Nuxia floribunda Benth
Common names: forest elder; forest nuxia; wild elder (Eng.); bosvlier; vlier (Afr.); umHlambandlazi, iThambo, ingobese, isanywana, umKhobeza (Zulu); iNgqota, isiKhali (Xhosa); motlhabare (Northern Sotho); mula-notshi; mpupumwa (Venda)
- The flowers of the forest elder are seen to be self-pollinated.
- Bees are attracted to the nectar and pollen.
- Numerous other insects also effect pollination and their presence in turn attracts many insectivorous birds.
- Full flowering occurs usually every second year after which very large numbers of fruits develop.
- The leaves are edible and have been observed to be grazed by both wild game and stock.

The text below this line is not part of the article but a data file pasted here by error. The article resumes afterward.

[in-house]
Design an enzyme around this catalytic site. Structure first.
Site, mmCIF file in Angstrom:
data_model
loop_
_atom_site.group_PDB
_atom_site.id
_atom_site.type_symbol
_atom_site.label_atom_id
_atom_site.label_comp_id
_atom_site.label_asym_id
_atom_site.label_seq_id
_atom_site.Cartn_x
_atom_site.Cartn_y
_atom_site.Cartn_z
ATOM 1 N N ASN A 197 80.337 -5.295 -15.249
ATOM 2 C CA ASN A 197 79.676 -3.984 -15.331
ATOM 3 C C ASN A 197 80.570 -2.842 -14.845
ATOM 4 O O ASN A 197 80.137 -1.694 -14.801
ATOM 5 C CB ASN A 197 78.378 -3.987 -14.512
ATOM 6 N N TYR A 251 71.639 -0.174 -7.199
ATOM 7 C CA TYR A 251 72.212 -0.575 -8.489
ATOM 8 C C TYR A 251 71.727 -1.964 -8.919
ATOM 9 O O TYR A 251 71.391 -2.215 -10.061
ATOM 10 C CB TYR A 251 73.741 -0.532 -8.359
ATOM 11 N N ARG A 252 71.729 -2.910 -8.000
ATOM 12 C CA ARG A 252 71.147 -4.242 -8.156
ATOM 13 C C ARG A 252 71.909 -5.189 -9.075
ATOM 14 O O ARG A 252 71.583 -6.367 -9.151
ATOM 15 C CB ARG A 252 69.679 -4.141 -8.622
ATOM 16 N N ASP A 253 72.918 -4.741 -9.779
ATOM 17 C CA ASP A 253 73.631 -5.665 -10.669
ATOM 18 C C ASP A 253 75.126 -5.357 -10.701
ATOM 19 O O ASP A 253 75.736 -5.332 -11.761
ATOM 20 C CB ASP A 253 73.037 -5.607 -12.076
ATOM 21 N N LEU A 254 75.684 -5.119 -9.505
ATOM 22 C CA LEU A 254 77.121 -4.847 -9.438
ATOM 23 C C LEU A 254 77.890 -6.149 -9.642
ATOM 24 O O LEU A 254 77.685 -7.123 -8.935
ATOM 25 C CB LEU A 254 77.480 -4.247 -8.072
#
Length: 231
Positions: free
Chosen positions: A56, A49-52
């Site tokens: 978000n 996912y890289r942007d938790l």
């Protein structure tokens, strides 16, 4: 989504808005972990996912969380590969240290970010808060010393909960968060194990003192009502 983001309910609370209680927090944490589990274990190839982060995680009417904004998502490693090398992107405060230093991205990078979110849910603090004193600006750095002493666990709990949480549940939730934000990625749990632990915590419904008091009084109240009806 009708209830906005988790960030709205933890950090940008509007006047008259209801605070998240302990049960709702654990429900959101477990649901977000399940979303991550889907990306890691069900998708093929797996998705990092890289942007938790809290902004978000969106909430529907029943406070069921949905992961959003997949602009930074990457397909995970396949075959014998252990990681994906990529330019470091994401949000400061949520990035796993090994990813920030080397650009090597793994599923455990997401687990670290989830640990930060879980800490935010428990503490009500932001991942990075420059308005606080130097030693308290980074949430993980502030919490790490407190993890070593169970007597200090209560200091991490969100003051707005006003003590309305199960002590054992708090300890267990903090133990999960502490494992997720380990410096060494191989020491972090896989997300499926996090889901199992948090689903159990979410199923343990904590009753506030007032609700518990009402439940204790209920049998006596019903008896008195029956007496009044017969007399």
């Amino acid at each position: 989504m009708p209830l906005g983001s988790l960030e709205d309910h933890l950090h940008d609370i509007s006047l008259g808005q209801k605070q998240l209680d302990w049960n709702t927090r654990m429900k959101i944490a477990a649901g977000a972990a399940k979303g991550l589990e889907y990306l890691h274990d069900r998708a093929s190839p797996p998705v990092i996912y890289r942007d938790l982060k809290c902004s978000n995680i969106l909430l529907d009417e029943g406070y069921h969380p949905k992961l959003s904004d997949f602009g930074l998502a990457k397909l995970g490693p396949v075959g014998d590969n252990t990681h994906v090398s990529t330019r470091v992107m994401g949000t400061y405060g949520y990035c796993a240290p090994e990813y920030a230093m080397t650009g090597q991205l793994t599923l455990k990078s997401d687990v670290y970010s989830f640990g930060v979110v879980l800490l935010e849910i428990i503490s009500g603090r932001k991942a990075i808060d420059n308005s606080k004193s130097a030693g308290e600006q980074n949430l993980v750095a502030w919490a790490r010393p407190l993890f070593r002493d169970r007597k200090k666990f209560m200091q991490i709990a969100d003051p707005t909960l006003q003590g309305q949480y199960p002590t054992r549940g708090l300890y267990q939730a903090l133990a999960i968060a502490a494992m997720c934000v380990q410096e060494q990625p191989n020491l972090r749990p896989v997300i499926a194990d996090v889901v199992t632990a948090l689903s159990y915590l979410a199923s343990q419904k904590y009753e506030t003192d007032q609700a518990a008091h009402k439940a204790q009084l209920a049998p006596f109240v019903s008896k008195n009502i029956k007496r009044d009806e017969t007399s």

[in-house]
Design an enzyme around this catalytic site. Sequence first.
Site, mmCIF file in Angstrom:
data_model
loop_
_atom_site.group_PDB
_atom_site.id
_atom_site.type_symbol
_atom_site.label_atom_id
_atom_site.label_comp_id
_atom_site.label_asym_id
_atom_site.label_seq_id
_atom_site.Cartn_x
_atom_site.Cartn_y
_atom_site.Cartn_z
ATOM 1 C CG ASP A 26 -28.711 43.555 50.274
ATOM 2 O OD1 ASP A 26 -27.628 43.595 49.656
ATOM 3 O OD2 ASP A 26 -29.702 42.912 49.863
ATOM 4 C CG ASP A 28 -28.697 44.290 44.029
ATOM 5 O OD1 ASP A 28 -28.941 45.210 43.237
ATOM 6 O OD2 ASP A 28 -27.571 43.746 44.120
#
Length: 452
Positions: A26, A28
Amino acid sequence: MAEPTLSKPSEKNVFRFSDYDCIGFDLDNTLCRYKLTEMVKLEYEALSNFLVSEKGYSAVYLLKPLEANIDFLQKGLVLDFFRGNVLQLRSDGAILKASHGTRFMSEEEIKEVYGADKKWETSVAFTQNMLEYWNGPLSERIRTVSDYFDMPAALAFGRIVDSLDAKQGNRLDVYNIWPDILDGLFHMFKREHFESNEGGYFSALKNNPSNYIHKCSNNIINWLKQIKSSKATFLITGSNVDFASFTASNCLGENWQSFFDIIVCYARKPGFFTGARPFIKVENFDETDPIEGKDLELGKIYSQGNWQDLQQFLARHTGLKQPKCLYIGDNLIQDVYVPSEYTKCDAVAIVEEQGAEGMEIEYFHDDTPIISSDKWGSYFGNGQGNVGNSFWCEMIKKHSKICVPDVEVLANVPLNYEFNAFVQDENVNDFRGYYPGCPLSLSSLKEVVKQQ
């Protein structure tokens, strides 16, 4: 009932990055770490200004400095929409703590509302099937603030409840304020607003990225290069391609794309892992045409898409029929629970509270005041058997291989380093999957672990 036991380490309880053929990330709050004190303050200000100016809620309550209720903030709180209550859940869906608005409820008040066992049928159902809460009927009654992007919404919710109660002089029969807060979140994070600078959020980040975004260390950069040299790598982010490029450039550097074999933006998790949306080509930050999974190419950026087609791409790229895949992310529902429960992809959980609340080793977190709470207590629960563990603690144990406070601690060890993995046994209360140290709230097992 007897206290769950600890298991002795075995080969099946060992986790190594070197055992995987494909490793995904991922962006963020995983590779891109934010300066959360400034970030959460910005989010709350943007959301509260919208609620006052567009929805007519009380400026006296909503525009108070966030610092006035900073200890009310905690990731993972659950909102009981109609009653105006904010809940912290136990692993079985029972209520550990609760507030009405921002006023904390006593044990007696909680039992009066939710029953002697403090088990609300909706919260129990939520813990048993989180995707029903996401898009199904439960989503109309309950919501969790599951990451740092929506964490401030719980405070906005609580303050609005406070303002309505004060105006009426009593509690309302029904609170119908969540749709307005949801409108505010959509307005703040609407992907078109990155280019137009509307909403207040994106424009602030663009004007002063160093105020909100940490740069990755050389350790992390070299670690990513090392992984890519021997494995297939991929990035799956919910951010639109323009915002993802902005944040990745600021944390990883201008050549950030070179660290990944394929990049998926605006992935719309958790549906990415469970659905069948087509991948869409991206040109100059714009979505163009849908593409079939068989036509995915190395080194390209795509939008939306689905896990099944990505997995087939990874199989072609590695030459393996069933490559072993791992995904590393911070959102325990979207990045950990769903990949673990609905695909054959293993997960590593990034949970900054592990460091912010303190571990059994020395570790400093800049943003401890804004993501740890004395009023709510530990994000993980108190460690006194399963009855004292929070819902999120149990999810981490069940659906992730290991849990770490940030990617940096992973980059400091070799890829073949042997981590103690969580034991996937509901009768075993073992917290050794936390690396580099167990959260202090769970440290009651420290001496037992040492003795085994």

- As a traditional Zulu medicine the bark is used as a strengthening medicine after a kraal (village) member had passed away.
- In other parts of Africa the leaves are recorded being used to treat coughs, colds, influenza, fevers, indigestion, infantile convulsions.
- The leaves have also been used in a range of African rituals (Hutchings et al. 1996).
- The nectar has been used to treat minor burns.
- Nectar is produced in abundance thereby attracting an abundance of bees (and honey production)
- The wood has been used for fencing, general carpentry, furniture, turnery and historically in the construction of wagons.
- The bark is known to be rich in tannins at 5.71% (Hutchings et al. 1996).